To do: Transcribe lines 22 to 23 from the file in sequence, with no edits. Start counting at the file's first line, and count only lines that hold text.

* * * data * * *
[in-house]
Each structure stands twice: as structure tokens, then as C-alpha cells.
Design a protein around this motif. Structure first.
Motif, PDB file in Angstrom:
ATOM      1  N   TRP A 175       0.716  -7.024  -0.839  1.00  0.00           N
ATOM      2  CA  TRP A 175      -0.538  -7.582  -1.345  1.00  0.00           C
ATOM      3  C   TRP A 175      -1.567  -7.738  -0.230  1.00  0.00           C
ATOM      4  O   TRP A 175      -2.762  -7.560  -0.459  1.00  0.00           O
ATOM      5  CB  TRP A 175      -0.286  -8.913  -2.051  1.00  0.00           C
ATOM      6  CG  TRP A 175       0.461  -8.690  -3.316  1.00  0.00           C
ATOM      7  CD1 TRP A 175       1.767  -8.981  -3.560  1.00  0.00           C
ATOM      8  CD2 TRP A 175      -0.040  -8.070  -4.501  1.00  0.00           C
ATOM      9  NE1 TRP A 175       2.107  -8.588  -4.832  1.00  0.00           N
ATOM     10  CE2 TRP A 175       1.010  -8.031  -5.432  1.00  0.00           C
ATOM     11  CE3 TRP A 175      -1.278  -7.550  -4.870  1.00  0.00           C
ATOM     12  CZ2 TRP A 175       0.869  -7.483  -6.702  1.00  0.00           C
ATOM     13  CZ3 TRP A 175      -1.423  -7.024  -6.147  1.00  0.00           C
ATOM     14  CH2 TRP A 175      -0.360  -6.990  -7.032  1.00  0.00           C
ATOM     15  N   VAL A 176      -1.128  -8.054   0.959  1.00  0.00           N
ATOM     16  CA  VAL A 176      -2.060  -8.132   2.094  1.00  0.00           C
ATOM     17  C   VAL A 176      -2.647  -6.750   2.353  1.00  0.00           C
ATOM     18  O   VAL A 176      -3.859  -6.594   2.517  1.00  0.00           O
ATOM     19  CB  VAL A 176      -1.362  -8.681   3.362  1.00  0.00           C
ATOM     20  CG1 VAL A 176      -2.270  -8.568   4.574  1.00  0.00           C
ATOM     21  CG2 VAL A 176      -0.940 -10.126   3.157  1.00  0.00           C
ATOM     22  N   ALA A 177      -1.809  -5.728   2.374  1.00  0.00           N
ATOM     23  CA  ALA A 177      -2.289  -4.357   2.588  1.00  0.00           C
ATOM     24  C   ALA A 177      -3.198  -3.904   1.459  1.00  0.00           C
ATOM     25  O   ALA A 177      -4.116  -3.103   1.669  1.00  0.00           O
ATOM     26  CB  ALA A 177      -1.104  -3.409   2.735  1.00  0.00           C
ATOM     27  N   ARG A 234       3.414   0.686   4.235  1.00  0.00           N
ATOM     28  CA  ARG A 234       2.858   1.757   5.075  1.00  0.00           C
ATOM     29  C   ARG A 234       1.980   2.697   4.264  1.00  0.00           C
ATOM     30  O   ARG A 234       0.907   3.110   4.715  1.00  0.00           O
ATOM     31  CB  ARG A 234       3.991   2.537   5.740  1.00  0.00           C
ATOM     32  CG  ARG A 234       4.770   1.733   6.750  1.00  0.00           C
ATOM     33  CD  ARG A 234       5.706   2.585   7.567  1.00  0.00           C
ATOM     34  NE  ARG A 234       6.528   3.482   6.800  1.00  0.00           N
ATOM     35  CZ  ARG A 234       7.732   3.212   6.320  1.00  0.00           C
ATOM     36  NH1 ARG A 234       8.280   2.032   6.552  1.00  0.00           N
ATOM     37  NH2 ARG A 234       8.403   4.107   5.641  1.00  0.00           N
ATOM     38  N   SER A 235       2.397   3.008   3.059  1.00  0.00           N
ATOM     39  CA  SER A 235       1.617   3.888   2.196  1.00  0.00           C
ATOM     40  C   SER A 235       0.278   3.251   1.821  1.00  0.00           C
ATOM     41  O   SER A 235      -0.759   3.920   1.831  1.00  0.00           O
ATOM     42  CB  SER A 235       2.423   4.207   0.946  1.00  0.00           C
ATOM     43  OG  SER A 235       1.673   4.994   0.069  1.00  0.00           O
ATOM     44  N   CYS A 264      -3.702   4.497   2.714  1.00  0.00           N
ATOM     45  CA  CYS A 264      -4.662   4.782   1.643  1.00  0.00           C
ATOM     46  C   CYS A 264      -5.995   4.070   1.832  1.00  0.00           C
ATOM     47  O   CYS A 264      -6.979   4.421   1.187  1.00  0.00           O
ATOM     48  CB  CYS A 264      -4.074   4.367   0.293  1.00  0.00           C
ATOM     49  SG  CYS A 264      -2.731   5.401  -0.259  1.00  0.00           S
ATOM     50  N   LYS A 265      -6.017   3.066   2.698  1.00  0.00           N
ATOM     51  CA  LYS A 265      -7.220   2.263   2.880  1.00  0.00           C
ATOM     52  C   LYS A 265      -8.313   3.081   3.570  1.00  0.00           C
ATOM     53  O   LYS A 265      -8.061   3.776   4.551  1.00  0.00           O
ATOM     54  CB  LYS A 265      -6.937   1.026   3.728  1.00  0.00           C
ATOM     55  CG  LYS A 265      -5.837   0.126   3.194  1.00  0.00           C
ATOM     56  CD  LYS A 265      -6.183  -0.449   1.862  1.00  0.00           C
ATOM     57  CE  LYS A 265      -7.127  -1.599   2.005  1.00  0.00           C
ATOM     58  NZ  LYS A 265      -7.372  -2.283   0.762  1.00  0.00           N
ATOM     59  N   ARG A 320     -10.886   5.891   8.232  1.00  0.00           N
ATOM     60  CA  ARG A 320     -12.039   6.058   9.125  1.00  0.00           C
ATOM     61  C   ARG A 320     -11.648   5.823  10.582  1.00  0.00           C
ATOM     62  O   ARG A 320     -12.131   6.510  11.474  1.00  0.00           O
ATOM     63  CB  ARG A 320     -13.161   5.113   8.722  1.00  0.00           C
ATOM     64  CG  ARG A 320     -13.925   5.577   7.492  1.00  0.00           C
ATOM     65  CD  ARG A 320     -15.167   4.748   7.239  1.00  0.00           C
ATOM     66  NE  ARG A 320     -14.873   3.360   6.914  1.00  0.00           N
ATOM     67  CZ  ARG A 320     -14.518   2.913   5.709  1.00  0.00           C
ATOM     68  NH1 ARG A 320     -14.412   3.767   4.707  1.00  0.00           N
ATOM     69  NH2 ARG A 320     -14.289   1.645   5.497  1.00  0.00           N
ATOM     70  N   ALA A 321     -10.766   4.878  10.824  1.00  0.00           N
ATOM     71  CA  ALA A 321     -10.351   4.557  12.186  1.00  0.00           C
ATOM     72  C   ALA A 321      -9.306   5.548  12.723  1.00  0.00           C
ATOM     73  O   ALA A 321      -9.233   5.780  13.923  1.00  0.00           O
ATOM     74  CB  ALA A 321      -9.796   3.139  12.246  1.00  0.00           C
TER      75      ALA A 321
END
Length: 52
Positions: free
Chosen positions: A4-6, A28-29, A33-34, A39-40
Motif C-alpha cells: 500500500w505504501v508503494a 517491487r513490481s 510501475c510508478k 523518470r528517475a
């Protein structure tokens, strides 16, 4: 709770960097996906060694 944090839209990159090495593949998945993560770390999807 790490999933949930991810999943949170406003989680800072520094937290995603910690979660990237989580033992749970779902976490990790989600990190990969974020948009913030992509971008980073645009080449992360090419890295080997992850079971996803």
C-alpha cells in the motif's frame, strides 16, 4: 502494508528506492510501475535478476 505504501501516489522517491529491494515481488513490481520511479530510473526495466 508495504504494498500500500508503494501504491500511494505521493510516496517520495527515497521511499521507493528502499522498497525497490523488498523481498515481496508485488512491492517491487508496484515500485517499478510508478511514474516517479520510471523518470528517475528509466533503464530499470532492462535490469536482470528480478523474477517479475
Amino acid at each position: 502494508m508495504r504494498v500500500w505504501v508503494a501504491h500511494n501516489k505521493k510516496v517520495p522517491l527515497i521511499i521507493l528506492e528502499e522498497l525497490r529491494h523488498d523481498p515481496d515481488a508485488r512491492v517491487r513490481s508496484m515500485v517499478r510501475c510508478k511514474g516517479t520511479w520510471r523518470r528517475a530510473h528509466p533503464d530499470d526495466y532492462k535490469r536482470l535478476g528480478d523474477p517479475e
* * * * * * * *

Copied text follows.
ATOM     18  O   VAL A 176      -3.859  -6.594   2.517  1.00  0.00           O
ATOM     19  CB  VAL A 176      -1.362  -8.681   3.362  1.00  0.00           C